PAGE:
Giving back – Dec. 27th, 2018
My soul, bless the Lord, and all that is within me, bless his holy name. My soul, bless the Lord, and do not forget all his benefits.
Psalm 103:1-2 (CSB)
We frequently, perhaps not as frequently as we should be, are reminded of the blessings that God grants us. Not long ago there was a specific focus on our blessings in the United States, Thanksgiving Day. Unfortunately, that holiday in the US has degraded to a primer for the biggest shopping day of the year, gluttony, observance of sport, and B-Rated movies.
There are attempts by many to restore some of the original intent of the celebration, but for the most part, it’s pretty much over the cliff at this point.
Christmas is another holiday that has strayed so far away from it’s intended purpose. Frequently it is blamed on ‘commercialism’, however, I tend to think that there is nothing good, wholesome, and right; that doesn’t take pressure from the corruption of this world to change into something that it isn’t.
Perhaps that is why our blessings have been turned from us blessing God, to being all about what God’s done, doing, or should be doing for me.
The Psalm quoted here frames a directive to the writer’s soul, “bless the Lord”, “bless his holy name”, “bless the Lord, and do not forget all his benefits.” Note the focus here is to bless God. And a caution to not forget we are benefactors of his goodness.
Blessing and cursing come out of the same mouth. My brothers and sisters, these things should not be this way.
James 3:10 (CSB)
This is a parabolic shift from where I started, but the mouth is but the amplifier for the condition of the heart. But our need to thank God for everything is paramount to our relationship with him.
It wasn’t all about us, isn’t now and will not be in the future. It’s about God and why he’s done what he’s done and doing. His intervention in our welfare and profound and continuing, each and every day that we draw breath in our lungs.
From the Lord’s perspective, is a curse any different than an utterance that denies or simply ignores his glory and majesty?
See to it that no one repays evil for evil to anyone, but always pursue what is good for one another and for all. Rejoice always, pray constantly, give thanks in everything; for this is God’s will for you in Christ Jesus. Don’t stifle the Spirit. Don’t despise prophecies, but test all things. Hold on to what is good. Stay away from every kind of evil.
1 Thessalonians 5:15-22 (CSB)
This passage in First Thessalonians begins and end with evil at its core. “See that no one repays evil for evil”, preventing evil. “Stay away from every kind of evil”, holding on to what is good.
Sandwiched in between this are the positives that we should be focused on to keep us free from all this negativity.
“Rejoice always, pray constantly, give thanks in everything”, giving thanks in everything sounds a lot like a blessing squarely directed to the Lord to me!
We get askew from our track when the world and its corruption seek to infiltrate our daily worship of the Lord. He calls us to “rejoice always”, for everything. Not disingenuously, but honestly and fervently. With only a minor application of rejoicing it would seem that our blessings toward God would be magnified greatly.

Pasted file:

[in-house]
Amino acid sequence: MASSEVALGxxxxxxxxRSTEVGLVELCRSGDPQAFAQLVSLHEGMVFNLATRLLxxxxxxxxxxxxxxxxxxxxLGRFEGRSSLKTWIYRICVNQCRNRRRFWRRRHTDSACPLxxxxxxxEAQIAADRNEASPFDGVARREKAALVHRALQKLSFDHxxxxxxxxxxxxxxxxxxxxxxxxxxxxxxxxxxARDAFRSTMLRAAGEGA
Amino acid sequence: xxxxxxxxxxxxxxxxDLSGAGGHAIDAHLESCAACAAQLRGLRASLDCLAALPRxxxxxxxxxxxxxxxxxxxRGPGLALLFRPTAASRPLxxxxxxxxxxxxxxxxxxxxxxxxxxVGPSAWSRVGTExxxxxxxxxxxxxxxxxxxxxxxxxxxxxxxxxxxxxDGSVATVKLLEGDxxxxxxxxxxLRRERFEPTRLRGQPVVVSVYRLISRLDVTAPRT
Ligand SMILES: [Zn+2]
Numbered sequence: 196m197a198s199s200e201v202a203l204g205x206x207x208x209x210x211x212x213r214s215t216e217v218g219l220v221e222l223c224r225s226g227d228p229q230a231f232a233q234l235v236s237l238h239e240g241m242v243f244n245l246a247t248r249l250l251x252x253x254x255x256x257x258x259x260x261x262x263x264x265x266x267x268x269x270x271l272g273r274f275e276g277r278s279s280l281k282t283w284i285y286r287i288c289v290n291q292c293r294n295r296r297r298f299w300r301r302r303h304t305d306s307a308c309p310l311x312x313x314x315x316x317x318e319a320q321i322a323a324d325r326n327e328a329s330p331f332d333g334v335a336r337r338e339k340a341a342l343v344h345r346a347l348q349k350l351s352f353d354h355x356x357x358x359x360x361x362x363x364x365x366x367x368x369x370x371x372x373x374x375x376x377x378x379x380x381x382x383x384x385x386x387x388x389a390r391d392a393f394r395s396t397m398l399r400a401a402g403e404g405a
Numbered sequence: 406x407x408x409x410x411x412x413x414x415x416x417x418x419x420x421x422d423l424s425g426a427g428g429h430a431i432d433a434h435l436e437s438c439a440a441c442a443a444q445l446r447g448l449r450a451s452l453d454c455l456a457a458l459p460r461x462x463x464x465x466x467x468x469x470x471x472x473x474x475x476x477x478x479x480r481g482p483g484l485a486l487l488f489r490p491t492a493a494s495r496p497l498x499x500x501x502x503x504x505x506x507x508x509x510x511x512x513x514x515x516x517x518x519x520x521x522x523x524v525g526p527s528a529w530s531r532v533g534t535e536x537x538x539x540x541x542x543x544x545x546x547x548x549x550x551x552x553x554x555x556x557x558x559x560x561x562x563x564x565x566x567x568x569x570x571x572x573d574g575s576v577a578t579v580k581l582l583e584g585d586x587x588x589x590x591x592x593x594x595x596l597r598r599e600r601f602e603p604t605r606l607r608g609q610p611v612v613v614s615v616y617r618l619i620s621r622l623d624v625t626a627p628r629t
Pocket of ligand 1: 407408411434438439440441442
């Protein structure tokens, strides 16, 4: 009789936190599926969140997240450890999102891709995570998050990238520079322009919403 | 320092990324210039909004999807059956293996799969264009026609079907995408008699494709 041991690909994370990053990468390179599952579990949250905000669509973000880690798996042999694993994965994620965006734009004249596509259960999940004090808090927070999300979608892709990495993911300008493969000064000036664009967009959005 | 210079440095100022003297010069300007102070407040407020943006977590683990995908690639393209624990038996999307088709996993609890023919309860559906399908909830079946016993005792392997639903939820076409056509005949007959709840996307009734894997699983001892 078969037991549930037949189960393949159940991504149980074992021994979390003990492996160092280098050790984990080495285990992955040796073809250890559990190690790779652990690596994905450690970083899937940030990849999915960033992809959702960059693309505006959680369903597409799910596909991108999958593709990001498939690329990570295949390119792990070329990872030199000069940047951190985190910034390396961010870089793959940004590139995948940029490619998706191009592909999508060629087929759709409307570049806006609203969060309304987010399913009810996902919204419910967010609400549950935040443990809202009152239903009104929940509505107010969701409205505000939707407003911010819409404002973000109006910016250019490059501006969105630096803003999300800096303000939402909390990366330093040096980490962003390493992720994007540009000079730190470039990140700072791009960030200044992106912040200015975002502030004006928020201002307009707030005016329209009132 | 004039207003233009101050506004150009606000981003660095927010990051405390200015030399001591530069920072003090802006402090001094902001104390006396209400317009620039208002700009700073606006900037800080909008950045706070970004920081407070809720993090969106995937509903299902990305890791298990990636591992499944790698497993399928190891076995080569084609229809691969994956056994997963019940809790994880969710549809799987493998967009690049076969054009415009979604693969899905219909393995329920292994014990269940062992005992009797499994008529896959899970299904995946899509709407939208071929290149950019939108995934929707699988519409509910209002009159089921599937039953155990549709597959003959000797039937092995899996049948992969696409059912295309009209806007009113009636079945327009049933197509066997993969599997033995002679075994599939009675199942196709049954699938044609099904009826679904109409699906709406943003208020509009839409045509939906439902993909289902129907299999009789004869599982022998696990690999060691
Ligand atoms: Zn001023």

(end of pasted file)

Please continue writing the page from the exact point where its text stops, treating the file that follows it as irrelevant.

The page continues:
“Pray constantly”, invokes God living in us to be a part of our day not just when we stand in Church but when we are doing anything and everything.
Let’s touch again on the giving of thanks for everything. You may be asking how does God expect me to give thanks for the bad that is influencing my life?
This comes down to one question; do you believe God and his Word, or don’t you?
We know that all things work together for the good of those who love God, who are called according to his purpose.
Romans 8:28 (CSB)
‘If’ we know this, if we believe that God means what is said here. Then approaching 1 Thessalonians 5:16-18 isn’t a hard pill to swallow at all. If we believe this, then rejoicing always, praying constantly, and giving thanks for everything is a natural extension of the trust we place in God’s goodness in regard to us, and his ability to see to it that “all things work together” for our good, in accordance to his purpose.
Bad times in your household, God has a purpose for it. Relationship gone south and you don’t see a way of repairing it, God knows and has a purpose for you in this calamity. The bank is taking your home and the vehicles, and you don’t know where your next meal is coming from, God deserves the glory and blessing because we believe that “all things” are coming together just as God is provisioning to work towards our good. We may not like it one bit as it is transpiring but God’s got it, he has a plan, and he is executing on that plan this very moment. Maybe we are just a little upset that he didn’t let us in on the strategy, but brothers and sisters, this is where trust and faith in his promises comes full force.
He’s got this. Blessings be to the Lord!
Paul finishes that section of Thessalonians with this rationale for rejoicing, praying, and thanking God for everything, “for this is God’s will for you in Christ Jesus.”
If we truly have given our hearts to Jesus, then this is a no brainer. If we have surrendered our will to his then this isn’t hard or difficult to accept. If we are committed to him then we can and should do this, because this is God’s will for us, in Christ Jesus.
If we can’t get on board with this then, we need to consider our hearts, and the condition of our relationship with Jesus. We need to come on up into his love and grace and turn everything over to him and trust that his promises are worthy of our faith, blessing the Lord for everything that is put in our path and bestowed on us that we otherwise might be taking for granted.
Blessings – Giving back!